This author's articles
8 July 2008
This paper discusses recent developments in the campaign to combat terrorist financing in Europe and the intersection of these with the flow of migrant remittances from the Members States of the European Union to Third Countries. New regimes of control within the European Union (EU) towards migration affect more than just those seeking entry to Europe. Migrants frequently leave behind families that they expect to support from their earnings once they secure employment at their final destination.
10 March 2005
William Vlcek is a PhD Candidate in the Department of International Relations, London School of Economics and Political Science. His PhD thesis considers the sovereignty of small developing states through the challenge made by the OECD initiative to counter ‘harmful tax competition’ from offshore financial centres.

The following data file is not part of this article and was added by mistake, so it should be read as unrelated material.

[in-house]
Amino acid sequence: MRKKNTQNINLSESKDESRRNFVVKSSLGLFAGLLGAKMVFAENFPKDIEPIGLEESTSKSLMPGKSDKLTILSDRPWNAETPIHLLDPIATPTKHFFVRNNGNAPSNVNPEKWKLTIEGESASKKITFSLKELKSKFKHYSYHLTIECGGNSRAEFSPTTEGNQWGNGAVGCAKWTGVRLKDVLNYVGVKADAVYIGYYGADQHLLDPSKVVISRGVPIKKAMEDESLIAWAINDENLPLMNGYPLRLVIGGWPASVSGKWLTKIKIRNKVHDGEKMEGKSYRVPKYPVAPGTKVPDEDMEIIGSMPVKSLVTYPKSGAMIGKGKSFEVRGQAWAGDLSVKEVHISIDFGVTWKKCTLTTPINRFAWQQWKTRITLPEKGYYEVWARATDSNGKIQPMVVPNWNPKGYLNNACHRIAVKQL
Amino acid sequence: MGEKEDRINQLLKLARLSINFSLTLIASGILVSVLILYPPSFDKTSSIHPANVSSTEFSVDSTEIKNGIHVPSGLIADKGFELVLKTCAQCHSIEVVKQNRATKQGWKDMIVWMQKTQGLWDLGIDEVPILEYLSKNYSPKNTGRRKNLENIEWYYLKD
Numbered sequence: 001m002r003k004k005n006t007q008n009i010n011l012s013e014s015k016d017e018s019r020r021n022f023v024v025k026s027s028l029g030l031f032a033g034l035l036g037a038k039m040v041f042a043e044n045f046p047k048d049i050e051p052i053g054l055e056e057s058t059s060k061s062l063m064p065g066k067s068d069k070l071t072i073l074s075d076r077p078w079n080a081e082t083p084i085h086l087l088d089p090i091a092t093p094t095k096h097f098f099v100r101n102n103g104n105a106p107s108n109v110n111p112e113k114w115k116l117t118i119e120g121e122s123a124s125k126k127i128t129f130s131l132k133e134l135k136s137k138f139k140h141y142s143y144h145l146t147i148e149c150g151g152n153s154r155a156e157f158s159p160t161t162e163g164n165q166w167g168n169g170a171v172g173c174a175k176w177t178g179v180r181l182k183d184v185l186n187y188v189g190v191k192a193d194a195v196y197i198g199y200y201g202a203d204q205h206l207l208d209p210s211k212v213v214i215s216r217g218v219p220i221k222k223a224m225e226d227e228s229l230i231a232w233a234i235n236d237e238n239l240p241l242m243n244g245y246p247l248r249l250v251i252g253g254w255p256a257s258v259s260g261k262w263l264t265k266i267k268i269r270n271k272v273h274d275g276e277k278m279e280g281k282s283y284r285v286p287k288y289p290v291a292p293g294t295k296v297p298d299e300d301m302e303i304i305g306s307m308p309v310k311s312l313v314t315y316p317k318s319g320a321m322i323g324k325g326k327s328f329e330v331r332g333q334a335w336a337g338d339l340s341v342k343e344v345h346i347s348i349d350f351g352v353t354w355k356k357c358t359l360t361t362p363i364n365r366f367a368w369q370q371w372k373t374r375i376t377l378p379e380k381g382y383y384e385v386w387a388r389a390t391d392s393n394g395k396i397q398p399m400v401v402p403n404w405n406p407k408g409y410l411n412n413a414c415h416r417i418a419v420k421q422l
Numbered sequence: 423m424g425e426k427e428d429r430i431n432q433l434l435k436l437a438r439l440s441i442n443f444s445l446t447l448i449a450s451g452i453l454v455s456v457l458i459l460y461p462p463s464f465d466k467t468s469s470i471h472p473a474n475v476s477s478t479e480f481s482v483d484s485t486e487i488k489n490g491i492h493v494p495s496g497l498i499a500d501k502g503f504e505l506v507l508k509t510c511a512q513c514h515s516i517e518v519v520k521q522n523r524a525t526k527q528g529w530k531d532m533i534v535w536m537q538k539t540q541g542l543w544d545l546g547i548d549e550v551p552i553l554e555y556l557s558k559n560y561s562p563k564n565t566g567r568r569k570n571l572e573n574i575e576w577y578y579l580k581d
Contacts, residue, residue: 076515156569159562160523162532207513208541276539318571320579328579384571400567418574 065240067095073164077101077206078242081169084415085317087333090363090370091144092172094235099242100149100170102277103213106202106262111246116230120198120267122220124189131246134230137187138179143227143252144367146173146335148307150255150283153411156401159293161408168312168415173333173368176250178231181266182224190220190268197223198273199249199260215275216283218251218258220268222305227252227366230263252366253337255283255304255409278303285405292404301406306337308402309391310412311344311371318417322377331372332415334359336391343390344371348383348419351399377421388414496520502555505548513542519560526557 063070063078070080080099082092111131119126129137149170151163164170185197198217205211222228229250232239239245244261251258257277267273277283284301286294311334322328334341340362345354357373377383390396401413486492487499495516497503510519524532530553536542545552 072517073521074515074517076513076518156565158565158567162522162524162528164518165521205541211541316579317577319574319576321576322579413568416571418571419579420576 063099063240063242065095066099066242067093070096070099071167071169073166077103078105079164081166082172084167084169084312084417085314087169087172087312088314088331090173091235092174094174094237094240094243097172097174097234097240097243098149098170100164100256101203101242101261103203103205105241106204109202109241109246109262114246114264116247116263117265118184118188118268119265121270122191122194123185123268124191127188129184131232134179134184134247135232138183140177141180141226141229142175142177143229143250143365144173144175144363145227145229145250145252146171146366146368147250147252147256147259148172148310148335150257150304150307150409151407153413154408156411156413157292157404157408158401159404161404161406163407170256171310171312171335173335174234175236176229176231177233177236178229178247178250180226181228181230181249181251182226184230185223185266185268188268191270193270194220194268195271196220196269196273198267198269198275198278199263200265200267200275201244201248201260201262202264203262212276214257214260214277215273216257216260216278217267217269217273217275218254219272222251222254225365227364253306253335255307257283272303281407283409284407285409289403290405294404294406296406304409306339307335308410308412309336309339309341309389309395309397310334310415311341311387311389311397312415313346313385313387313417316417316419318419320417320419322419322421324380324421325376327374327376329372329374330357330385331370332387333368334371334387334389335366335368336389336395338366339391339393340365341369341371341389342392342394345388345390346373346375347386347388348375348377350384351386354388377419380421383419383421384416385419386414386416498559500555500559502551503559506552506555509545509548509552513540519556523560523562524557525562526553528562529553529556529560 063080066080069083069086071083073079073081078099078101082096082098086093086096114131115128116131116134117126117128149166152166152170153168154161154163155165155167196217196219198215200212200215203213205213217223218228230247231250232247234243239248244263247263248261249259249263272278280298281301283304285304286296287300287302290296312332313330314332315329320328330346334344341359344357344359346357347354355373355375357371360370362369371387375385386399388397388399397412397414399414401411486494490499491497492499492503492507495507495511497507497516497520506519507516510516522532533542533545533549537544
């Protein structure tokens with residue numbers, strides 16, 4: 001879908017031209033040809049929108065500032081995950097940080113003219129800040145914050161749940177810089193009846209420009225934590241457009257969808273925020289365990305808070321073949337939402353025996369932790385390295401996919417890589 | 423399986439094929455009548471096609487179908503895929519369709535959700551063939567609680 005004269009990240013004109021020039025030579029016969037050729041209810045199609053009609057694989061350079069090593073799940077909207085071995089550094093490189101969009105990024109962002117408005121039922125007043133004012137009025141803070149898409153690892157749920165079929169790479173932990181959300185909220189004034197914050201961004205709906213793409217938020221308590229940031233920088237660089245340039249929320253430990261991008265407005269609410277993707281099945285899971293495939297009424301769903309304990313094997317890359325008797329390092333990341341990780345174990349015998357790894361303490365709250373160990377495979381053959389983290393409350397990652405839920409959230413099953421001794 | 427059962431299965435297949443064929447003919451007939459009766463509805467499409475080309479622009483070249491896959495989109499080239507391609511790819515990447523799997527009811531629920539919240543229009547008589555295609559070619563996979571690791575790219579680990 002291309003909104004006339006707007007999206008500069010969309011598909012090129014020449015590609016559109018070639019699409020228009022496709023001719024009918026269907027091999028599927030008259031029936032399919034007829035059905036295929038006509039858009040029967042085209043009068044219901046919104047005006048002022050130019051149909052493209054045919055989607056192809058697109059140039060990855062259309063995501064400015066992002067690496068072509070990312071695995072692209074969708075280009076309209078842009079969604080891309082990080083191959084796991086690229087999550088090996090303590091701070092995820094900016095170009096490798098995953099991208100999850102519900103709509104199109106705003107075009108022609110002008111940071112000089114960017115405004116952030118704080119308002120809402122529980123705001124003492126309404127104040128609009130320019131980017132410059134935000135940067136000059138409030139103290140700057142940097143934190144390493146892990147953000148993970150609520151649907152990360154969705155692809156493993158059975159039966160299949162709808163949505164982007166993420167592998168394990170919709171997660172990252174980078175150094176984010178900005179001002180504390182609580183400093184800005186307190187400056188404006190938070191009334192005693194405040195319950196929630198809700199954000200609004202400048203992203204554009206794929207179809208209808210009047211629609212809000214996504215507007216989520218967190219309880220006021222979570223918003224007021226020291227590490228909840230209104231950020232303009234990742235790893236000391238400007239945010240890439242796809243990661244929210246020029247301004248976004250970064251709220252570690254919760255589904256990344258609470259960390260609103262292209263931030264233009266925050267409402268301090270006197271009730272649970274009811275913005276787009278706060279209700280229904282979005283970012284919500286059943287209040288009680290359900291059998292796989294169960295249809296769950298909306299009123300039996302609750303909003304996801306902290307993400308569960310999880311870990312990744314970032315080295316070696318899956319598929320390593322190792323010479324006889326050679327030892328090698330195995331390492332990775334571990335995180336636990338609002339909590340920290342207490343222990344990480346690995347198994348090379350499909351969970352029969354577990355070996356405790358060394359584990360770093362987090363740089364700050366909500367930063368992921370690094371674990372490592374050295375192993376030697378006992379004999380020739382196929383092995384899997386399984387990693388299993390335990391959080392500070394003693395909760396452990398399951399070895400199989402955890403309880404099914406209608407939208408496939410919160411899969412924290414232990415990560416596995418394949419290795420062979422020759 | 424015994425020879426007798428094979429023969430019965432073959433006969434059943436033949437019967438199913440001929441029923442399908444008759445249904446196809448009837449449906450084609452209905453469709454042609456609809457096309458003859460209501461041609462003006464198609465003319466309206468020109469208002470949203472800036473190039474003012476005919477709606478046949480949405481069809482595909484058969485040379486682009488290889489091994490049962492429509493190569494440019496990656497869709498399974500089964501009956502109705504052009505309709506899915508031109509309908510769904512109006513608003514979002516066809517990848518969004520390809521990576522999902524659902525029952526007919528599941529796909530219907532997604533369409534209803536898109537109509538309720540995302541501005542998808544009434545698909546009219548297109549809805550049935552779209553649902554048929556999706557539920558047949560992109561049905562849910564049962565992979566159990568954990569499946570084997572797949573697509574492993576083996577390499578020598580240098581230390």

1 March 2005
The impact of changing perceptions of liberty and security impinge upon the daily lives of ordinary citizens beyond the bag inspections and metal detectors in public buildings, public events and public transportation systems. This paper proposes to outline the more subtle effects to daily life emerging from the increased surveillance of financial transactions to counter the financing of terrorism. The surveillance of ‘normal’ financial transactions affects citizens and non-citizens in a variety of ways, which include opening and maintaining bank accounts, transferring money across borders, securing home mortgages, and even the choice of charity to support.